The government also facilitated assistance to foreign victims of trafficking, which included financial support; however, authorities granted few long-term residency permits and instead provided victims with repatriation assistance to help them return home. In 2019, the government provided repatriation assistance to 27 victims, an increase compared with 17 in 2018; the government provided 32,000 Swiss Francs ($33,130) to an NGO for repatriation assistance in 2019. Cantonal immigration authorities were required to grant victims a minimum 30-day reflection period to decide whether to participate in judicial proceedings against their traffickers, but longer stays generally required cooperation with law enforcement. In 2019, the government granted 52 individuals reflection periods, 77 short-term residence permits, and 14 hardship-based residence permits (56 reflection periods, 91 short-term residence permits, and 16 hardship-based residence permits in 2018). In 2019, an NGO reported that the government granted refugee status to three trafficking victims and temporary admission to 13 victims it assisted during the reporting period. Authorities continued to note the growing number of trafficking victims among asylum-seekers during the reporting period. The State Secretariat for Migration (SEM) identified 73 potential victims undergoing the asylum process in 2019 (56 female and 17 male), compared with 111 in 2018 (56 female and 17 male). One leading NGO also assisted 94 cases of asylum-seeking trafficking victims; however, there may have been overlap in victim numbers for SEM and the NGO. The government’s border police screened newly arrived asylum-seekers alone to eliminate the potential influence of traffickers operating within migrant camps, and specialists at SEM ensured identification and coordination practices remained consistent across the federal asylum reception centers. However, NGOs and GRETA continued to report asylum accommodations did not provide adequate assistance and counseling services to possible victims. Victim services were only available to victims who experience trafficking within Switzerland; asylum-seekers remained vulnerable as they could be deported back to their first country of EU entrance without first receiving victim protection. GRETA noted cantons often did not transfer victims detected in the asylum system to specialized trafficking victim support centers because of financial constraints but continued to host them in asylum centers. GRETA also noted the lack of adequate accommodation and supervision for children, and lack of a systematic approach; GRETA urged the government to address these issues in its 2019 report. Implementation of the 2019 asylum law aimed to increase the protection of unaccompanied minors and facilitated earlier identification of victims by providing them with free legal representation. However, civil society criticized the government for not systematically referring victims to services once identified and often shifting responsibility to the legal advisor. The victim’s legal advisor could refer victims to NGOs for assistance, but the government would often decline to provide financial support, according to an NGO.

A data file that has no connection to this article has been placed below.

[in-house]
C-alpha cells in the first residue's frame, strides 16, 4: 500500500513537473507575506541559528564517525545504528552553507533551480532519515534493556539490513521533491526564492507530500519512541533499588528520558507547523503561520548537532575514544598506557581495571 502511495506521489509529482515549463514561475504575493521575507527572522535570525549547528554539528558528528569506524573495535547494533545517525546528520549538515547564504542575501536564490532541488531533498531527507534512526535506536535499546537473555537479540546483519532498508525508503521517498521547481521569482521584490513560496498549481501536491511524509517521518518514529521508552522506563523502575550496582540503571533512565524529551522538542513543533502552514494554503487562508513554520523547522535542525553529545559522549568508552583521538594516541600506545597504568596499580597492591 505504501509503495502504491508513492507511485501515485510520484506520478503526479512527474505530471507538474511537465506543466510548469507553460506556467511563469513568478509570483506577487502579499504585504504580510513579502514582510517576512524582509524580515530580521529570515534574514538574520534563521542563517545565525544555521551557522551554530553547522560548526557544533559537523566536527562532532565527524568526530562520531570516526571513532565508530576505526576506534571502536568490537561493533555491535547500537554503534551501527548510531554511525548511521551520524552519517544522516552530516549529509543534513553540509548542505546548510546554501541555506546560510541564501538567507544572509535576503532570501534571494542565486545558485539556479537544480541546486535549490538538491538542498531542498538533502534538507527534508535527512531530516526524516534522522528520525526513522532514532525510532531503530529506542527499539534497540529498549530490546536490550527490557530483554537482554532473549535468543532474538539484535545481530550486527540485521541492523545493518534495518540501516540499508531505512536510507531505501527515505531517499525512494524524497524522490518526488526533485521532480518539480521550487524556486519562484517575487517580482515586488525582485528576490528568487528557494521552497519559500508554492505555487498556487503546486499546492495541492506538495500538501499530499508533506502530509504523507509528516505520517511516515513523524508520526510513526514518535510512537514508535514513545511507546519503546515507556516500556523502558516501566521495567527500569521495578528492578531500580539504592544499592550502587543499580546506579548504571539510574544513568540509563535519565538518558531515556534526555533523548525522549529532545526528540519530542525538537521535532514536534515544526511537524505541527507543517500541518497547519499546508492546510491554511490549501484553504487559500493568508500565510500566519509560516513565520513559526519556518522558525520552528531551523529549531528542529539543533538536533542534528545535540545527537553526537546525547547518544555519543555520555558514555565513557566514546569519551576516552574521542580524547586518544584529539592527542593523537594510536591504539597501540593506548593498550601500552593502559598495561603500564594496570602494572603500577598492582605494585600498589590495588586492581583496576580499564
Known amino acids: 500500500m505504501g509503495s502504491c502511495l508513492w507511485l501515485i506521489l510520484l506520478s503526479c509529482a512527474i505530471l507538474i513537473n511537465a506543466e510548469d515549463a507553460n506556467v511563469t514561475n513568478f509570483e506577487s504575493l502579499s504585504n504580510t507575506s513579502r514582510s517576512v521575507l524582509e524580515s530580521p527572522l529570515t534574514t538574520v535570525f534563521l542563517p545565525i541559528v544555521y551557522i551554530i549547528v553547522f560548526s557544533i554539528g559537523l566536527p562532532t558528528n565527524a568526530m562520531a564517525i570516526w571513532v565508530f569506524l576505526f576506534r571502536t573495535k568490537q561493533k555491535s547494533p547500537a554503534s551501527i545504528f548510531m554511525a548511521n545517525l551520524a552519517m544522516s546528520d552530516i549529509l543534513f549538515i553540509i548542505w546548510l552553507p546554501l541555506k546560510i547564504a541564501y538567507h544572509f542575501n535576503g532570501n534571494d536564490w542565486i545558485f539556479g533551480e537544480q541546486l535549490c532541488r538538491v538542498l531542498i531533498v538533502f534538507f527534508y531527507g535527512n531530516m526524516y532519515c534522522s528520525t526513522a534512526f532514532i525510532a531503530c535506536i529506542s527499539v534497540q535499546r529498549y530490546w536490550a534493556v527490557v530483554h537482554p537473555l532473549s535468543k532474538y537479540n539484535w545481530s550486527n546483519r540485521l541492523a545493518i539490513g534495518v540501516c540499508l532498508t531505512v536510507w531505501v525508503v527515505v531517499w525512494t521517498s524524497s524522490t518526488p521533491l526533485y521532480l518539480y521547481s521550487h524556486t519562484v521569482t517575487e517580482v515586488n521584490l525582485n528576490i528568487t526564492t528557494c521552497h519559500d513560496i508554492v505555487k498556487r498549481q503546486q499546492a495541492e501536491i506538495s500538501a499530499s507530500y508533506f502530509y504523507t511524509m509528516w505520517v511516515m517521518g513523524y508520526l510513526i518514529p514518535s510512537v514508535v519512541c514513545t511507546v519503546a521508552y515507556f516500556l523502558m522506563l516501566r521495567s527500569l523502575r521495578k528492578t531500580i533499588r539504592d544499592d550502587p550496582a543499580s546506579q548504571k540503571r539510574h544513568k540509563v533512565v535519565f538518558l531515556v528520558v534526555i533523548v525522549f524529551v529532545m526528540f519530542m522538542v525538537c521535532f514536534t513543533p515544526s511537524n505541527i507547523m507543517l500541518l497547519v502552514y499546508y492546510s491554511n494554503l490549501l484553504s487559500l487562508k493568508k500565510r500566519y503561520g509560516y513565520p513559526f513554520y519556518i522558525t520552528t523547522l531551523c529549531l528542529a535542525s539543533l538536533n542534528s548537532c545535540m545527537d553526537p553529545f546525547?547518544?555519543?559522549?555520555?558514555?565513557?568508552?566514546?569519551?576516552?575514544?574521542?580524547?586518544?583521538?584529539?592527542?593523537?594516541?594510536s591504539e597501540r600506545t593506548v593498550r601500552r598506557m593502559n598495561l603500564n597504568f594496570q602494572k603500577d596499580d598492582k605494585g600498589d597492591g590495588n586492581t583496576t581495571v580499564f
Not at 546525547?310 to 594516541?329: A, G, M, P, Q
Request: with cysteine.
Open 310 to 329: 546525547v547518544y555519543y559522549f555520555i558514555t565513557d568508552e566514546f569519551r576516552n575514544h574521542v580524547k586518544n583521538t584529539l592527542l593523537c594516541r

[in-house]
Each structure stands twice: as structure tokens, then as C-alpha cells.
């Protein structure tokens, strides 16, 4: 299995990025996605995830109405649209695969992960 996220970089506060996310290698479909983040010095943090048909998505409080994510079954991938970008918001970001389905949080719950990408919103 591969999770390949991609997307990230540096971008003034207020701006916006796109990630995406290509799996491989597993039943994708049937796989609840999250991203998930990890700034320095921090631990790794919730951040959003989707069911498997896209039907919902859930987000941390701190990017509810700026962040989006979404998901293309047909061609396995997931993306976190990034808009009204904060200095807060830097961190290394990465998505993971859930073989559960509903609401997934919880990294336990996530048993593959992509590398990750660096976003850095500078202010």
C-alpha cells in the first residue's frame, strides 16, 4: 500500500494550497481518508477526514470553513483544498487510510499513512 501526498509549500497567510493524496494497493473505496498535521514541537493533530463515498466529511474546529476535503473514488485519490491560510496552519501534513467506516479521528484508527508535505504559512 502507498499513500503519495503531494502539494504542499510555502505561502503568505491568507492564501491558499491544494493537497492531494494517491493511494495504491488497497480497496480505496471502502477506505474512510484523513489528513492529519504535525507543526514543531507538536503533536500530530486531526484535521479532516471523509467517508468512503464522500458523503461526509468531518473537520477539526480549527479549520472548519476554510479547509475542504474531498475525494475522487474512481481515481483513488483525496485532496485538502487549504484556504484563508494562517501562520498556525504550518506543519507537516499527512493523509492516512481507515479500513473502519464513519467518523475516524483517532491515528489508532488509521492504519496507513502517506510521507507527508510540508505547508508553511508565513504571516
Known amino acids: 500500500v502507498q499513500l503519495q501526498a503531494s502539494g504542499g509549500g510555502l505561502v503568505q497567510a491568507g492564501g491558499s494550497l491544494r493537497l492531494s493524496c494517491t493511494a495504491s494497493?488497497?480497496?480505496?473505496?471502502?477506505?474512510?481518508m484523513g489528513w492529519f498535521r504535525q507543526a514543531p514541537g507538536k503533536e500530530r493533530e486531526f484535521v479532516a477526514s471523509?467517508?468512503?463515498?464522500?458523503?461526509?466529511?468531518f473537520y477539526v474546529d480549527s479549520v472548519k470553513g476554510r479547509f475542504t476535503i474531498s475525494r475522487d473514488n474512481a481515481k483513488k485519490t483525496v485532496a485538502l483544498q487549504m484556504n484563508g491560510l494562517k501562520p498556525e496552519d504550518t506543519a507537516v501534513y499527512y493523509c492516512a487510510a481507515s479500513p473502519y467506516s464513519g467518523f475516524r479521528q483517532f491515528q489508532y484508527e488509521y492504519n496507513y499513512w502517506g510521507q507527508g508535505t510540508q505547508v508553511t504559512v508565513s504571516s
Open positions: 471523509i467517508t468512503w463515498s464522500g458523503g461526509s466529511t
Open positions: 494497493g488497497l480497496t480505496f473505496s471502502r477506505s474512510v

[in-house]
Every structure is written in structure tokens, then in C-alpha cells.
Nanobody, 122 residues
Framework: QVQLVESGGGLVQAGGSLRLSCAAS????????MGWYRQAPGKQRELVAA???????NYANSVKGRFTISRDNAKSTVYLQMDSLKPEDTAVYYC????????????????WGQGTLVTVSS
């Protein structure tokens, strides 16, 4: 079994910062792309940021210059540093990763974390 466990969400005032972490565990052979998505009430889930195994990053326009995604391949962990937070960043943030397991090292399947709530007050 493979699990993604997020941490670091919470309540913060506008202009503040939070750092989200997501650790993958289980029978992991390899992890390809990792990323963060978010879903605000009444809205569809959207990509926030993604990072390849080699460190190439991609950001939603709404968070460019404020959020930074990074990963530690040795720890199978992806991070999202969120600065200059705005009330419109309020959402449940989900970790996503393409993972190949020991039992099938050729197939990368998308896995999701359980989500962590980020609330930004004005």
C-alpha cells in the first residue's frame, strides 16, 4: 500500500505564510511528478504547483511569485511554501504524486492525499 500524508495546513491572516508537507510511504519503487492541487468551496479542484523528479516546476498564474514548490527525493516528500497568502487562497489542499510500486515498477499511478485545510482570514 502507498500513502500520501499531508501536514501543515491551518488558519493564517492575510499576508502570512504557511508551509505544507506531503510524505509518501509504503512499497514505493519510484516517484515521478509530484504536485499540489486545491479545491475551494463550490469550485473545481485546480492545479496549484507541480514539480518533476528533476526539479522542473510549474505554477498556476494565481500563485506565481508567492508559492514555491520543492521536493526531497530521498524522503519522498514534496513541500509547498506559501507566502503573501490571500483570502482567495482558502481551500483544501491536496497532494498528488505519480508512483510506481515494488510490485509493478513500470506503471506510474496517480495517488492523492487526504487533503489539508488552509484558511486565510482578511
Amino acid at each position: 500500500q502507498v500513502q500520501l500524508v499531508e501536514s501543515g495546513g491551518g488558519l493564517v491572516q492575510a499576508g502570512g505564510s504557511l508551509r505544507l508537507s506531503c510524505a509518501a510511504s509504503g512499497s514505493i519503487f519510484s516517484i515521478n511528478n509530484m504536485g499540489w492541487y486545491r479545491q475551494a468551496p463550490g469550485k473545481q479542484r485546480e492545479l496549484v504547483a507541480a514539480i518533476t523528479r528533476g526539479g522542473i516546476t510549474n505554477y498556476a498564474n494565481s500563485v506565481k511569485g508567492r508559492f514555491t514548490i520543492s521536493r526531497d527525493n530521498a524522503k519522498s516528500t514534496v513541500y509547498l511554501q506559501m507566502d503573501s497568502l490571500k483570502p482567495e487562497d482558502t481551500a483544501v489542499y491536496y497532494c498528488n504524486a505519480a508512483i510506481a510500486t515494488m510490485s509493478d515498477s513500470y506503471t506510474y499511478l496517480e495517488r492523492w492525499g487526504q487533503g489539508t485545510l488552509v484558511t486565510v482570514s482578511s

Trafficking victims could request restitution from their trafficker through criminal proceedings, and the government reported awarding restitution to 25 victims in 2018, a slight decrease compared with 31 victims in 2017. GRETA and civil society noted restitution amounts were insufficient, especially compared to other serious crimes such as rape, and traffickers frequently did not pay. Trafficking victims could also pursue damages through a civil case, but the government did not report awarding damages to any victims during the reporting period. Victims could seek compensation from the government if the convicted trafficker was unable to pay the awarded restitution or damages, but the government did not delineate between restitution and compensation, making it unclear how much compensation was provided during the reporting period. GRETA criticized the lack of viable avenues for victim restitution when victims had no verifiable expenses or employment losses because the courts found it difficult to quantify the specific amount of lost income. While the government had a legal norm prohibiting the non-punishment of victims of crimes, the relevant provision of Swiss law did not explicitly address human trafficking or the criminal coercion often experienced in trafficking cases. NGOs asserted that victim penalization was common, with victims frequently charged with violating immigration laws, labor laws, or local prostitution regulations. GRETA urged the government to adopt a provision on the non-punishment of specifically trafficking victims and encouraged additional training of public prosecutors in this regard.